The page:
Georgia Southern Eagles are fifteen teams sponsored by Georgia Southern University. Until 2014, teams were members of the Southern Conference and Trans America Athletic Conference, and now represent the Sun Belt Conference at Division I NCAA level. The sports department has changed several names in the years 1924-1941. The branch was known as the Blue Tide. Then he has given the nickname Professors because the educational institution received the status of a teacher training college. Everything changed again in 1959: the university became known as Georgia Southern College, and its teams – Eagles. This option won during the voting for the mascot.
Meaning and History
Since students chose a new nickname for the sports program, it has been reflected in the official logo. Version 1982-2003 – This is an abstract head of an eagle of white color on the background of a blue-golden circle. From 2004 to 2009, a more detailed image of the bird was used: wings and tail were guessed in chaotic lines. The talisman clutched its clawed paws to the inscription “Georgia Southern.” The words were made in italics with serifs and placed on a parallelogram with rounded corners.
2010 brought another logo – this time with the head of an eagle. Artists borrowed it from the previous logo, expanded, enlarged, and slightly corrected. The name of the sports department, as before, is located below. Now the name is surrounded by an additional light gray frame.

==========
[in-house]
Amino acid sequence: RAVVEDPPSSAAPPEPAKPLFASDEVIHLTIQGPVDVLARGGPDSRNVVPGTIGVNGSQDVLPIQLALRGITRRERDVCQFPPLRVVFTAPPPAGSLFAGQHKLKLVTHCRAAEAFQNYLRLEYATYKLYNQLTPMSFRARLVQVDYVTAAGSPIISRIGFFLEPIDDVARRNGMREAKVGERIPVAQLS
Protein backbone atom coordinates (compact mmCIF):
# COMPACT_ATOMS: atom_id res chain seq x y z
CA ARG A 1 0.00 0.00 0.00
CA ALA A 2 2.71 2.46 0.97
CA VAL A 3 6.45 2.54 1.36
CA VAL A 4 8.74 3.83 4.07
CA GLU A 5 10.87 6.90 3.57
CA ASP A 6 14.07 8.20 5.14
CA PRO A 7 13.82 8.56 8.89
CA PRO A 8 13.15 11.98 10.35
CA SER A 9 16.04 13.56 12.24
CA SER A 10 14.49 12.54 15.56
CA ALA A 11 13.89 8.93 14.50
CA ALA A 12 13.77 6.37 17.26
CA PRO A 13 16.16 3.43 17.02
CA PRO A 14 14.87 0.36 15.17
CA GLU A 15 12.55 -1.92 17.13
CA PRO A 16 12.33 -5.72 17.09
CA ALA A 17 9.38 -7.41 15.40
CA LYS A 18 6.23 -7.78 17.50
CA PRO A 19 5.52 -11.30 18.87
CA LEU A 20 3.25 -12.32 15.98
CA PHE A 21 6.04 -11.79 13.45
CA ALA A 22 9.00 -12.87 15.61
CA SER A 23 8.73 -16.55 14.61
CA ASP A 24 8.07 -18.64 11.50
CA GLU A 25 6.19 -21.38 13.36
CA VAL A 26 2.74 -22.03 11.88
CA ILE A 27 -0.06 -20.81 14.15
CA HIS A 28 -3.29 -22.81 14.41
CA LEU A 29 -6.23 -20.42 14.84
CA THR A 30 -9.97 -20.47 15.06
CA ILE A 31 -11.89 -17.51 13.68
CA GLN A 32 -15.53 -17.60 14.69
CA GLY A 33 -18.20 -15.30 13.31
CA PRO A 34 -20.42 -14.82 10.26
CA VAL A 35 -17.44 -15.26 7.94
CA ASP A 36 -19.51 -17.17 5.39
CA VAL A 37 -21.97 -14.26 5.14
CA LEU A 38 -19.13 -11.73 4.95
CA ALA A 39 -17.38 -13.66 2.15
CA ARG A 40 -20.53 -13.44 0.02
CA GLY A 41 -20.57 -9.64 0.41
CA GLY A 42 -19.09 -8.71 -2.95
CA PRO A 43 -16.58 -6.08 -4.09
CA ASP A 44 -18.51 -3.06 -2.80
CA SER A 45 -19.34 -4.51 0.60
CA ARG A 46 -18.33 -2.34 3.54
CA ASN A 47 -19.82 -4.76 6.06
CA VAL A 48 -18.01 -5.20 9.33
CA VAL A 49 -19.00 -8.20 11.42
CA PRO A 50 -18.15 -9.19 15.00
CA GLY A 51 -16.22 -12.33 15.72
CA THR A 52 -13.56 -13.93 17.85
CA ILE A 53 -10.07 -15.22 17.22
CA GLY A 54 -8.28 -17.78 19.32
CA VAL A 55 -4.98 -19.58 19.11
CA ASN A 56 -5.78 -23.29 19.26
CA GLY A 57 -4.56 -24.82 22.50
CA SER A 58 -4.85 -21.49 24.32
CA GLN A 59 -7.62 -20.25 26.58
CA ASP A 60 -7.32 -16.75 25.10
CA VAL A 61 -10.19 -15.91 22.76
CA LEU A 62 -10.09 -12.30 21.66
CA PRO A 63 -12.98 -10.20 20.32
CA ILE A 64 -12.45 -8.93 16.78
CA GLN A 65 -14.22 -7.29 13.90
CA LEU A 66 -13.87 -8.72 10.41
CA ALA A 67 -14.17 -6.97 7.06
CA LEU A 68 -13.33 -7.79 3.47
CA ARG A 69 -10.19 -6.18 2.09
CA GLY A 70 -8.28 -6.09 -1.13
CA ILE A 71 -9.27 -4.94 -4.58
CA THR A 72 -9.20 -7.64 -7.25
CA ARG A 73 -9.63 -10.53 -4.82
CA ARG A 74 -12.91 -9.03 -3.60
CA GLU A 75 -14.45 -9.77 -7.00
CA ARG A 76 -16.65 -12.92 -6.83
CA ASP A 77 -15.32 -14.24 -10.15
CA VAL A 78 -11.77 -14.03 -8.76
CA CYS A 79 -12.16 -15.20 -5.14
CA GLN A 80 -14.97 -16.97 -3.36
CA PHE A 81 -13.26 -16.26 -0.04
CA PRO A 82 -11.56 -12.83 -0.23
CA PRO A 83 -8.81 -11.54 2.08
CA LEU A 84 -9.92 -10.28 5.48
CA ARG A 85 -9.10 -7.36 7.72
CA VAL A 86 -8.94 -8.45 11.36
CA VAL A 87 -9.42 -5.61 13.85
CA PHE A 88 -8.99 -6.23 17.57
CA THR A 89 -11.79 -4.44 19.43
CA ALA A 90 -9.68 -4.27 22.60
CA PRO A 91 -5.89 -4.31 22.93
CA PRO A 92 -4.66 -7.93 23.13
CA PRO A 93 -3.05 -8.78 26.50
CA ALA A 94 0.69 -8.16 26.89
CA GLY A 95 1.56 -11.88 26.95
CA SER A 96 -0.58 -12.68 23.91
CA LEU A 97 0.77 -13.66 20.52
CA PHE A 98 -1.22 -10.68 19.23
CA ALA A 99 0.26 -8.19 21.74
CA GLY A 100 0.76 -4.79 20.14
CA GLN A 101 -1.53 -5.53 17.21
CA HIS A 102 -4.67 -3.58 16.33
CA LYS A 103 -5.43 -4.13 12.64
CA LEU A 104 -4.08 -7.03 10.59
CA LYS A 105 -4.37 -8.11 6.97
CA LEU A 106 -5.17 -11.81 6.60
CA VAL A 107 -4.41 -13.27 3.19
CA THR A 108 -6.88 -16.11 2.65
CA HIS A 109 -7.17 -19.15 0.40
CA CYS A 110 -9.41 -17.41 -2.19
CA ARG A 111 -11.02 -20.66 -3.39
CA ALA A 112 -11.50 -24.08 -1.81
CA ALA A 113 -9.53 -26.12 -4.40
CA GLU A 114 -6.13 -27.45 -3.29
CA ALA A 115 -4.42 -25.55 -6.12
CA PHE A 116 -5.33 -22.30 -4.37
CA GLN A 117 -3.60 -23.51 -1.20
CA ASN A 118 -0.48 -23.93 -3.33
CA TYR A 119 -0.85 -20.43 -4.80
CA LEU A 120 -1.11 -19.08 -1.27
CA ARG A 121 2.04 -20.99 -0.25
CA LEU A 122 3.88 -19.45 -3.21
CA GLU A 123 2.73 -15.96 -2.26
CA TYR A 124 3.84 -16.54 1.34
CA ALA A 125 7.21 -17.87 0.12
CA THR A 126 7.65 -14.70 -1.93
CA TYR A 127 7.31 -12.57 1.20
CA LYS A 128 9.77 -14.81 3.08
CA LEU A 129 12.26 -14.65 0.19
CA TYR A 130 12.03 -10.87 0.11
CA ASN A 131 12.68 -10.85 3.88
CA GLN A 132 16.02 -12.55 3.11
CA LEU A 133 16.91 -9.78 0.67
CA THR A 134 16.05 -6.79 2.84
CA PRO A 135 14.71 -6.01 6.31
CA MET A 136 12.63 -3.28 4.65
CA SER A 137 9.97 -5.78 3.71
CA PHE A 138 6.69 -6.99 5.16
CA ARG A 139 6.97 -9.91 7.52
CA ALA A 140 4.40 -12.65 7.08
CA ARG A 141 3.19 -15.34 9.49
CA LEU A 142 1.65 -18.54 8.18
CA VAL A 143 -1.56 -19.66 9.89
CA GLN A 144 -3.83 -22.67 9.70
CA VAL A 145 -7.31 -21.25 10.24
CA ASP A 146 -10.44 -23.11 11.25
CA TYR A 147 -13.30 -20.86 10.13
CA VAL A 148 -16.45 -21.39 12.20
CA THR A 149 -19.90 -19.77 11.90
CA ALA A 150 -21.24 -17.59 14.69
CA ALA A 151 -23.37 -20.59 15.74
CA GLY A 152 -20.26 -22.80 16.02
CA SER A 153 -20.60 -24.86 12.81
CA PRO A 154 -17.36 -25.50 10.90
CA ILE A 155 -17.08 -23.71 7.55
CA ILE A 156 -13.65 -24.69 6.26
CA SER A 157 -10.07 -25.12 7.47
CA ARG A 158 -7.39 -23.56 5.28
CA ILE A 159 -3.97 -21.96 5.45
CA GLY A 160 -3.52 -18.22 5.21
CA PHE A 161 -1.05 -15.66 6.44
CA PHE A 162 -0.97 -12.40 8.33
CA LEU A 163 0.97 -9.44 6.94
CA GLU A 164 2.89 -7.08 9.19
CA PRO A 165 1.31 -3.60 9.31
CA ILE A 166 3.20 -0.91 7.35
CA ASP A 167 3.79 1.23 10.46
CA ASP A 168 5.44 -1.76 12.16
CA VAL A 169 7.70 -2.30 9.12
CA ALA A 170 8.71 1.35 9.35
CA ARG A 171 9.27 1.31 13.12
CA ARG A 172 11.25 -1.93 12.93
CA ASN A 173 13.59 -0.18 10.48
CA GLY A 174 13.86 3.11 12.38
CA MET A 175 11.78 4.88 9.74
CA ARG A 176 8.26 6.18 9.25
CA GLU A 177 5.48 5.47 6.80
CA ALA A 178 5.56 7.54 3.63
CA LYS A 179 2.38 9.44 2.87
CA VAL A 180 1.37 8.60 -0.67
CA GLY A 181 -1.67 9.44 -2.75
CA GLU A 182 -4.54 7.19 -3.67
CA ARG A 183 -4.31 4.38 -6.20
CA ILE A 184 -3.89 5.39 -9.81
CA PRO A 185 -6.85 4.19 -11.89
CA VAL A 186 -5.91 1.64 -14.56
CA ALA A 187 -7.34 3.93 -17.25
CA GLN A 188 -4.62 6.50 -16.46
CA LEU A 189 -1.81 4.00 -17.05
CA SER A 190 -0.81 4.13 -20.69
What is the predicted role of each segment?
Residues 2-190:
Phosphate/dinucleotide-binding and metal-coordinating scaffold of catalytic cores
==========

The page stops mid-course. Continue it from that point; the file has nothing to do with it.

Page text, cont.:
1982 – 2003
2004 – 2009
2010 – present
Georgia Southern Eagles Baseball
Founded in 1933, the baseball team played in thirteen NCAA Tournaments, won eight SoCon Championships, and twice entered the College World Series. One of her most successful seasons occurred in 2009 when she won first place at the Southern Conference Baseball Tournament.
Georgia Southern Eagles Football
Georgia Southern University introduced the football team back in 1910, but it had to take a break because of the war. The team was restored only in 1982. From that moment, a series of its successes began: it won ten victories in the Southern Conference championships, one in the Sun Belt Conference championship, and six in the NCAA FCS (I-AA) National Championships.